While the entire power system typically benefits from transmission upgrades, new wind and solar projects are being asked to foot nearly the entire bill when they want to connect to the grid.
This is the central conclusion of a study of interconnection projects in the Midwest and Great Plains commissioned by the American Council on Renewable Energy (ACORE) and carried out by ICF Resources.
The analysis, “Just and Reasonable? Transmission Upgrades Charged to Interconnecting Generators Are Delivering System-Wide Benefits,” focused on a representative sample of network upgrades in the Midcontinent Independent System Operator (MISO) and Southwest Power Pool (SPP) regions.
Even with conservative assumptions, the study found system-wide benefits in two-thirds of the upgrades evaluated, benefits that other users of the shared system are receiving at little to no cost. This result appears to violate current cost allocation principles.
“Regional power grids are like highway systems, moving power to where it’s needed and keeping electrons flowing to homes and businesses around the clock,” said ACORE President and CEO Gregory Wetstone. “Right now, new wind and solar projects are essentially asked to shoulder the financial burden of adding new lanes to that electron highway, lanes that benefit everyone. Such improvements should rightfully be addressed in long-term planning by grid operators like MISO and SPP, and the failure to do so means that the low-cost renewable resources we need to meet our climate goals are stuck in lengthy interconnection queues. This flawed approach to cost allocation of transmission network upgrades is killing otherwise cost-effective projects, which hurts consumers and jeopardizes our response to the climate crisis.”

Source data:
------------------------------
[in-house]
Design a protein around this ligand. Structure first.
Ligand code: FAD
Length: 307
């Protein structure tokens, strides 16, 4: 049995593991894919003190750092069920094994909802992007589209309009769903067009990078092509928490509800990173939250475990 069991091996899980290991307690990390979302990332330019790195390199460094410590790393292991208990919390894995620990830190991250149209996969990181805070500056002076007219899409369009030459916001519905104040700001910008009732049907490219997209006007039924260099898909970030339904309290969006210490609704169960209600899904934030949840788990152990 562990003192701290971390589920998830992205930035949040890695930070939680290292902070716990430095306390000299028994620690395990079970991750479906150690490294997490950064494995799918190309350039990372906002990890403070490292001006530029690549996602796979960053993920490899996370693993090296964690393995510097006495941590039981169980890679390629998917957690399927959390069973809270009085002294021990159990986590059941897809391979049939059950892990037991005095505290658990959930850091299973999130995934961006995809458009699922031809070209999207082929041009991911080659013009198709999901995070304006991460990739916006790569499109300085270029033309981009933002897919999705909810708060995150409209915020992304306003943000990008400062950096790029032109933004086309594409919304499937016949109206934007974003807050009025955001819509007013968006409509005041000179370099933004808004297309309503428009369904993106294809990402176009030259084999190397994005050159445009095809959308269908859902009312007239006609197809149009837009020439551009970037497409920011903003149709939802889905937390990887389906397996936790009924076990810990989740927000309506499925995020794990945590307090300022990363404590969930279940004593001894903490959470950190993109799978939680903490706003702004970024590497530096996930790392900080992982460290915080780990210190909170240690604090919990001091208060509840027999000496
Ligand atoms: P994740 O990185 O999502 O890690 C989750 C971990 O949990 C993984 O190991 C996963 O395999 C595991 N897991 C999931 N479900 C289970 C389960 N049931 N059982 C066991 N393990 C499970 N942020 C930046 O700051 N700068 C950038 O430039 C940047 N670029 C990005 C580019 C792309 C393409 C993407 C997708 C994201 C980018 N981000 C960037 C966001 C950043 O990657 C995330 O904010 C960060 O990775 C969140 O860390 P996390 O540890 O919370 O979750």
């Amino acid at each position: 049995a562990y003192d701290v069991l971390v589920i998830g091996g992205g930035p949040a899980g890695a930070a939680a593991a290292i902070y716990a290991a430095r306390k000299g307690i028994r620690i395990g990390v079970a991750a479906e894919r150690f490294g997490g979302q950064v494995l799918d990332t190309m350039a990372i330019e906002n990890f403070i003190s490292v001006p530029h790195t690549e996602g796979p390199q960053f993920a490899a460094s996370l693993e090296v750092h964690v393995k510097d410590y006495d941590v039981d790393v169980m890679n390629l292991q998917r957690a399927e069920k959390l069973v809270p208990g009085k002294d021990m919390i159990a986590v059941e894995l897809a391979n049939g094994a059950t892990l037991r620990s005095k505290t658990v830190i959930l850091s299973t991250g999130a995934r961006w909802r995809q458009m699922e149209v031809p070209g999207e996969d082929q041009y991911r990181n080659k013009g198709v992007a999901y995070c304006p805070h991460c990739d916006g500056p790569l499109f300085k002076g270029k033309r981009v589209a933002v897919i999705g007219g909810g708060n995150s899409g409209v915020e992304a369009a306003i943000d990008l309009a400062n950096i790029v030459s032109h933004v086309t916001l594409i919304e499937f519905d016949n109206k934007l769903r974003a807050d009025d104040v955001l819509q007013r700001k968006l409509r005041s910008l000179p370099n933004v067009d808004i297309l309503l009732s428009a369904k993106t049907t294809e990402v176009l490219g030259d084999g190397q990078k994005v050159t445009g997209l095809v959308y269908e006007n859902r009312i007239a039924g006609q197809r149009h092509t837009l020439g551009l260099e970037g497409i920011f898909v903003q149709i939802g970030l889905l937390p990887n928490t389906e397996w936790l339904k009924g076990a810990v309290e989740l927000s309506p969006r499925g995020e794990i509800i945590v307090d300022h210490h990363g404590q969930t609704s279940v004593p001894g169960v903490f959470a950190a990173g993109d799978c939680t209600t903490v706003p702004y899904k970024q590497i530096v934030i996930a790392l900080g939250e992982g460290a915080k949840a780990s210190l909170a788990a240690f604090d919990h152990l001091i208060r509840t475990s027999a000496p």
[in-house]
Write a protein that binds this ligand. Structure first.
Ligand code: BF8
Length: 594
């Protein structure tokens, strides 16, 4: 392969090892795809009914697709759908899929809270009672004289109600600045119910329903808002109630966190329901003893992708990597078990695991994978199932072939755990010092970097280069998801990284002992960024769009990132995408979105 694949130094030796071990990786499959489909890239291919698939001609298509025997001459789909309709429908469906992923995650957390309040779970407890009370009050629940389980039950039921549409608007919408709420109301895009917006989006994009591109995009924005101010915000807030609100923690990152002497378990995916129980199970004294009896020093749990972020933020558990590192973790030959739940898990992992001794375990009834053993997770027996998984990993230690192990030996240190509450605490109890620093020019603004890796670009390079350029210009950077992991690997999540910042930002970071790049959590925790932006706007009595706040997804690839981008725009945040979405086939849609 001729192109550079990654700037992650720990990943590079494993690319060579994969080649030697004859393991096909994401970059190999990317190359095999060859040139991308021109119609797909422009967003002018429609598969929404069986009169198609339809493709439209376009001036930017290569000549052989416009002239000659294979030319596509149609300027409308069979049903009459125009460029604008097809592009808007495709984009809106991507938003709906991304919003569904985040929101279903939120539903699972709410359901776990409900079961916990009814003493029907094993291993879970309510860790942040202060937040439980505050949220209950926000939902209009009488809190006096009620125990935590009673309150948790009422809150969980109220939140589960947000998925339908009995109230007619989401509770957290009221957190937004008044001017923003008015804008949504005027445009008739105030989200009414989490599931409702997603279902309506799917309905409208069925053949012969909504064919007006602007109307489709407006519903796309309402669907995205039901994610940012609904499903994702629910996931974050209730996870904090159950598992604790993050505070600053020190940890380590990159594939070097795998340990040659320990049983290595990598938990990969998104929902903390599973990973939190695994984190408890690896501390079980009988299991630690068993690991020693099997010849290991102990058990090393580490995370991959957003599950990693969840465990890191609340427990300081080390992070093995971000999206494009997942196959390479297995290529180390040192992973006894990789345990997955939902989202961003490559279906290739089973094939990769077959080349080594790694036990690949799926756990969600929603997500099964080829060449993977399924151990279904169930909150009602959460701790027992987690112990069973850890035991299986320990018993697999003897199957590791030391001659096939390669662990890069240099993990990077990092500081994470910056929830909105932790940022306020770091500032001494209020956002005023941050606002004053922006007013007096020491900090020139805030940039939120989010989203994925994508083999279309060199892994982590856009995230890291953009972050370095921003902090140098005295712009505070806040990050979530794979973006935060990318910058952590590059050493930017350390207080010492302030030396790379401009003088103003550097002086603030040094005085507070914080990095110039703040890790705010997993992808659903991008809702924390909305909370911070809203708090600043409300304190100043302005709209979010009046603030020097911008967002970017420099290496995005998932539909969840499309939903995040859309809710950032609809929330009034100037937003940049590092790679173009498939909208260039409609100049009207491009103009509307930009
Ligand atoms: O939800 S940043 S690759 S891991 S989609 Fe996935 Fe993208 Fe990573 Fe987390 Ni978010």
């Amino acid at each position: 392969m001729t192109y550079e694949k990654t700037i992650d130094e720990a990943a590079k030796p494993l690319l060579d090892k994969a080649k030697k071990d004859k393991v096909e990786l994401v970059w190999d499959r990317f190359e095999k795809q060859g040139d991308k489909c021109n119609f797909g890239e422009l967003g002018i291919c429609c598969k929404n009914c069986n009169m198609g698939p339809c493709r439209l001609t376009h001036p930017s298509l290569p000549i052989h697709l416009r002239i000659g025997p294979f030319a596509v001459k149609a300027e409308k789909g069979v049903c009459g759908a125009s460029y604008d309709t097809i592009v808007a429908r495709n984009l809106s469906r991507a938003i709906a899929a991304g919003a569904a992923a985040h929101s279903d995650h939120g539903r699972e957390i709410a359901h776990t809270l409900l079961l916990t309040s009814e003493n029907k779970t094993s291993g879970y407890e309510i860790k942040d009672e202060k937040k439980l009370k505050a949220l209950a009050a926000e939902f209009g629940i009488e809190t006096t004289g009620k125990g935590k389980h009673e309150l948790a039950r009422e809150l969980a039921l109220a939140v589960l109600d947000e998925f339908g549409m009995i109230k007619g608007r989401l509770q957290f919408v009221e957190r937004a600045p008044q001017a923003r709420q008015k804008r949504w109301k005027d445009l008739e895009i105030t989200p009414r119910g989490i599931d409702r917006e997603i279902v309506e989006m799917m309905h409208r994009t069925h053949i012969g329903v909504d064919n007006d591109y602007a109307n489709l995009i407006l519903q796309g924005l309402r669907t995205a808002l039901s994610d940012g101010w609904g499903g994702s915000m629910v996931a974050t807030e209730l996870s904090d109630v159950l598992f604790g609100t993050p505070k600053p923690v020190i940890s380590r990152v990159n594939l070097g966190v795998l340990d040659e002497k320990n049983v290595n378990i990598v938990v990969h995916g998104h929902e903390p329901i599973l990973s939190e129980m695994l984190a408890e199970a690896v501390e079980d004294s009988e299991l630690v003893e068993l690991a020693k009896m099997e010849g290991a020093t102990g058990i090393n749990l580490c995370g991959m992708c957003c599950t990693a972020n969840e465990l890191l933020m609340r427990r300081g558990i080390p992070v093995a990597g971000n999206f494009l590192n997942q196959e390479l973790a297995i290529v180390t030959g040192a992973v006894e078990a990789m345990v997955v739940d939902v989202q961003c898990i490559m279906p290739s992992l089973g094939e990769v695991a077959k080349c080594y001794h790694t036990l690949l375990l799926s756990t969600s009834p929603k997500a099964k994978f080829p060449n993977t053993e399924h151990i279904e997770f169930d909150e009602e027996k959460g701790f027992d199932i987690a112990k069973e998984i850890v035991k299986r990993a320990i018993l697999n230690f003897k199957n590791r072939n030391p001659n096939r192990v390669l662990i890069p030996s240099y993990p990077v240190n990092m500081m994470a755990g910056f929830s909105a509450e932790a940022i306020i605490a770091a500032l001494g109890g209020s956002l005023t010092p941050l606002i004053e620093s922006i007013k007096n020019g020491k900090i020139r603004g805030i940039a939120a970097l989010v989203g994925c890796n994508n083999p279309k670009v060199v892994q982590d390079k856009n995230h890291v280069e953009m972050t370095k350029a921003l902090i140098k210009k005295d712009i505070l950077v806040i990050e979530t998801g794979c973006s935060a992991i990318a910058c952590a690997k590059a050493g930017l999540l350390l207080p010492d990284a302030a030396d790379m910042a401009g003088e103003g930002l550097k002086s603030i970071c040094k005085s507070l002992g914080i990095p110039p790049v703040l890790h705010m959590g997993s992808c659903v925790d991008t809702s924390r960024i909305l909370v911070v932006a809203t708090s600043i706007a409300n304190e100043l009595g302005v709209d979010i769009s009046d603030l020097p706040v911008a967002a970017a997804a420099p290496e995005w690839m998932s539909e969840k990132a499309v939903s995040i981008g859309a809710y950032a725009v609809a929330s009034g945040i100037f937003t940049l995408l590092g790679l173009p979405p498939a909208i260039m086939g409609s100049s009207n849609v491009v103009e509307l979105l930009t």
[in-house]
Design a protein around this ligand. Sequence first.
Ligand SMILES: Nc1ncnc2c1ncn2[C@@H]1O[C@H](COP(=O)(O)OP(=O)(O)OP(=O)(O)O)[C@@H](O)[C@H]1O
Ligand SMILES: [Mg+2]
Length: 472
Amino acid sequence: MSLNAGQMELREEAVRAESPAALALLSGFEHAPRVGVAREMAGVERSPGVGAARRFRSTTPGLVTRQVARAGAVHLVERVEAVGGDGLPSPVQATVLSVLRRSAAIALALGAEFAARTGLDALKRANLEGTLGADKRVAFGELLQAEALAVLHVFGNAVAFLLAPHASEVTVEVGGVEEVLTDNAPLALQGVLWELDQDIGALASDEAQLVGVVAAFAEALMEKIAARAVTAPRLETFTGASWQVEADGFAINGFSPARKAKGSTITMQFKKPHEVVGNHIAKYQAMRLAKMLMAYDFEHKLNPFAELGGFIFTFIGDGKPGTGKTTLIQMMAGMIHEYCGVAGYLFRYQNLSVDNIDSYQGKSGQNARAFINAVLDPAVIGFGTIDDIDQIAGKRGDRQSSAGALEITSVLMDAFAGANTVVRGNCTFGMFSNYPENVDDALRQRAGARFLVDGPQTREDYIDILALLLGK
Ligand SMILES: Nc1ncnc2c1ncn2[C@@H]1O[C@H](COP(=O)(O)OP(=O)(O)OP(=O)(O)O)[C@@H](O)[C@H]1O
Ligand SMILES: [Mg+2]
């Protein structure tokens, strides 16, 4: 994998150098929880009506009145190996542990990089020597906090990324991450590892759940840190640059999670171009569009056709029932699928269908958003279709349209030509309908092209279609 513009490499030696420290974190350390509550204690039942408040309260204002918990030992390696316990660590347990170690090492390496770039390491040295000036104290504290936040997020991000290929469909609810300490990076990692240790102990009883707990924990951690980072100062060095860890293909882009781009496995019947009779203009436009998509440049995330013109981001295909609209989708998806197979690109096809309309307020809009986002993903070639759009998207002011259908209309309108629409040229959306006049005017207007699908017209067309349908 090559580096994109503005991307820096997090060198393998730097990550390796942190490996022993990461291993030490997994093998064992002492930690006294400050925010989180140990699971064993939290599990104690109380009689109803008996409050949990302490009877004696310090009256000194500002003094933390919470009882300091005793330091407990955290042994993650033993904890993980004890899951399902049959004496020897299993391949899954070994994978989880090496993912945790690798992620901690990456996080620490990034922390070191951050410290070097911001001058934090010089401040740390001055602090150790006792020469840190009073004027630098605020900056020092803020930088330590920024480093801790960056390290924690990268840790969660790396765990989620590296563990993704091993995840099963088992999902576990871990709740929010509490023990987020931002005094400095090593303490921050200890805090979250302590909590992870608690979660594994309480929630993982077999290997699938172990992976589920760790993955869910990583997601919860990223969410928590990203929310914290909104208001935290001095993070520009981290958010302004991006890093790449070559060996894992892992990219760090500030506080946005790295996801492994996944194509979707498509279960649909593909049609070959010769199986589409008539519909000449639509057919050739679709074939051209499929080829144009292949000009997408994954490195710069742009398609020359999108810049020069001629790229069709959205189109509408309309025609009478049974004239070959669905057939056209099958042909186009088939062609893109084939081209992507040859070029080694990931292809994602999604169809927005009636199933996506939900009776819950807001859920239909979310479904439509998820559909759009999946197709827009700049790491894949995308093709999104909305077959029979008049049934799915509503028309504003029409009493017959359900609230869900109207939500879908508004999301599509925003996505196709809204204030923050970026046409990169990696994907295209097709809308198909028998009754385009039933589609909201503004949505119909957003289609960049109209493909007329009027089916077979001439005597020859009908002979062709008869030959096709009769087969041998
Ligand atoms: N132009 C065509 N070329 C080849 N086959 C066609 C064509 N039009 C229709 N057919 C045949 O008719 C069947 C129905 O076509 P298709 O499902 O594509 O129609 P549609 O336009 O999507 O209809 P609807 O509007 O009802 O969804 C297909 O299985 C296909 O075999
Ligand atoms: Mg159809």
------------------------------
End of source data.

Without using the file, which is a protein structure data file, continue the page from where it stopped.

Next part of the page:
“We need to plan the grid for the future, and upgrades to the transmission network identified in the generation interconnection process have been increasingly large and more expensive, making the current approach of assigning their costs to individual generation developers unreasonable and uneconomical,” said Heather Zichal, CEO of the American Clean Power Association. “This study makes it clear that these transmission upgrades provide substantial broad-based, regional economic benefits and that changes in regional transmission planning and cost allocation are needed to ensure their costs are spread to all beneficiaries. This will enable the grid to handle the rapid deployment of clean energy projects needed to meet our climate targets.”
The study, produced with support from the Macro Grid Initiative and in collaboration with American Clean Power Association, comes at a time when the Federal Energy Regulatory Commission (FERC) is considering whether to re-evaluate how regional transmission organizations such as MISO and SPP allocate costs for new projects trying to connect to the grid. ICF worked closely with staff in both regions in developing the assumptions and modeling used in the report.
According to FERC’s “beneficiary pays” principle, regional transmission organizations are required to ensure that transmission costs are assigned at least “roughly commensurate with estimated benefits.” Under current rules, new generators in MISO pay for 90 percent of the cost of significant upgrades (345 kV and larger), while others on the system pay 10 percent. In SPP, new generation pays the total cost of any upgrades necessary to interconnect, and other users of the system receive the resulting benefits for free.
As wind and solar energy prices have continued to decline precipitously, and states and corporate buyers seek to meet their renewable standards and goals, renewable generation interconnection requests have risen exponentially in both MISO and SPP. There are currently over 150 gigawatts of active solar, wind, and hybrid resources stuck in interconnection queues across both markets, all while the demand for renewable generation is expected to significantly grow in the coming years.